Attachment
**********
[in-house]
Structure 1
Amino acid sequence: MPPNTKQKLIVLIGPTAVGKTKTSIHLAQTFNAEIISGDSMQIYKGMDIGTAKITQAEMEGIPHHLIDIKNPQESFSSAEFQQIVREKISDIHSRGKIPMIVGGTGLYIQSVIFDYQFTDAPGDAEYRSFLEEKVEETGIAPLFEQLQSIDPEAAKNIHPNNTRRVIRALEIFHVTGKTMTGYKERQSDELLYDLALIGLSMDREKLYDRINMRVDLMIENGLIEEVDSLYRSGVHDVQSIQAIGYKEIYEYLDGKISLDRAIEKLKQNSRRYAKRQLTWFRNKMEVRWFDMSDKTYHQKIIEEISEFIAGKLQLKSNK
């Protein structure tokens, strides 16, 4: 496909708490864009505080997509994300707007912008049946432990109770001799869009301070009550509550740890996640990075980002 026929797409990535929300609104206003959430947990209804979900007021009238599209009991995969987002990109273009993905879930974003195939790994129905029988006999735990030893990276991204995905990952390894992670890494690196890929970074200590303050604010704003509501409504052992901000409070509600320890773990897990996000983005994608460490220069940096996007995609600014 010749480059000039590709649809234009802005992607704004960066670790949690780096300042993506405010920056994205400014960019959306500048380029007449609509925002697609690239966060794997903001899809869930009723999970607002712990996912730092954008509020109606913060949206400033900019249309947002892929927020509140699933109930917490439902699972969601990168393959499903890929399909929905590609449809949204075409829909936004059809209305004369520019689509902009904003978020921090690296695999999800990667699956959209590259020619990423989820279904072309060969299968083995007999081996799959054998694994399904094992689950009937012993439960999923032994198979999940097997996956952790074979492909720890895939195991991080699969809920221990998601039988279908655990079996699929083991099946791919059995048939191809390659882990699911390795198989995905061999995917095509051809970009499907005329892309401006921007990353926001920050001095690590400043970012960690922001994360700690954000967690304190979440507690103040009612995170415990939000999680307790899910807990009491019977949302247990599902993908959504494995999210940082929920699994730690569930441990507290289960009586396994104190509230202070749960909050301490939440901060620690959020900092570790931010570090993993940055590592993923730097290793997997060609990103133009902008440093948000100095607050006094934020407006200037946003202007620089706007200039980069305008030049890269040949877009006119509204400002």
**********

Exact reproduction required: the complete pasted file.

[in-house]
Structure 1
Amino acid sequence: MPPNTKQKLIVLIGPTAVGKTKTSIHLAQTFNAEIISGDSMQIYKGMDIGTAKITQAEMEGIPHHLIDIKNPQESFSSAEFQQIVREKISDIHSRGKIPMIVGGTGLYIQSVIFDYQFTDAPGDAEYRSFLEEKVEETGIAPLFEQLQSIDPEAAKNIHPNNTRRVIRALEIFHVTGKTMTGYKERQSDELLYDLALIGLSMDREKLYDRINMRVDLMIENGLIEEVDSLYRSGVHDVQSIQAIGYKEIYEYLDGKISLDRAIEKLKQNSRRYAKRQLTWFRNKMEVRWFDMSDKTYHQKIIEEISEFIAGKLQLKSNK
């Protein structure tokens, strides 16, 4: 496909708490864009505080997509994300707007912008049946432990109770001799869009301070009550509550740890996640990075980002 026929797409990535929300609104206003959430947990209804979900007021009238599209009991995969987002990109273009993905879930974003195939790994129905029988006999735990030893990276991204995905990952390894992670890494690196890929970074200590303050604010704003509501409504052992901000409070509600320890773990897990996000983005994608460490220069940096996007995609600014 010749480059000039590709649809234009802005992607704004960066670790949690780096300042993506405010920056994205400014960019959306500048380029007449609509925002697609690239966060794997903001899809869930009723999970607002712990996912730092954008509020109606913060949206400033900019249309947002892929927020509140699933109930917490439902699972969601990168393959499903890929399909929905590609449809949204075409829909936004059809209305004369520019689509902009904003978020921090690296695999999800990667699956959209590259020619990423989820279904072309060969299968083995007999081996799959054998694994399904094992689950009937012993439960999923032994198979999940097997996956952790074979492909720890895939195991991080699969809920221990998601039988279908655990079996699929083991099946791919059995048939191809390659882990699911390795198989995905061999995917095509051809970009499907005329892309401006921007990353926001920050001095690590400043970012960690922001994360700690954000967690304190979440507690103040009612995170415990939000999680307790899910807990009491019977949302247990599902993908959504494995999210940082929920699994730690569930441990507290289960009586396994104190509230202070749960909050301490939440901060620690959020900092570790931010570090993993940055590592993923730097290793997997060609990103133009902008440093948000100095607050006094934020407006200037946003202007620089706007200039980069305008030049890269040949877009006119509204400002």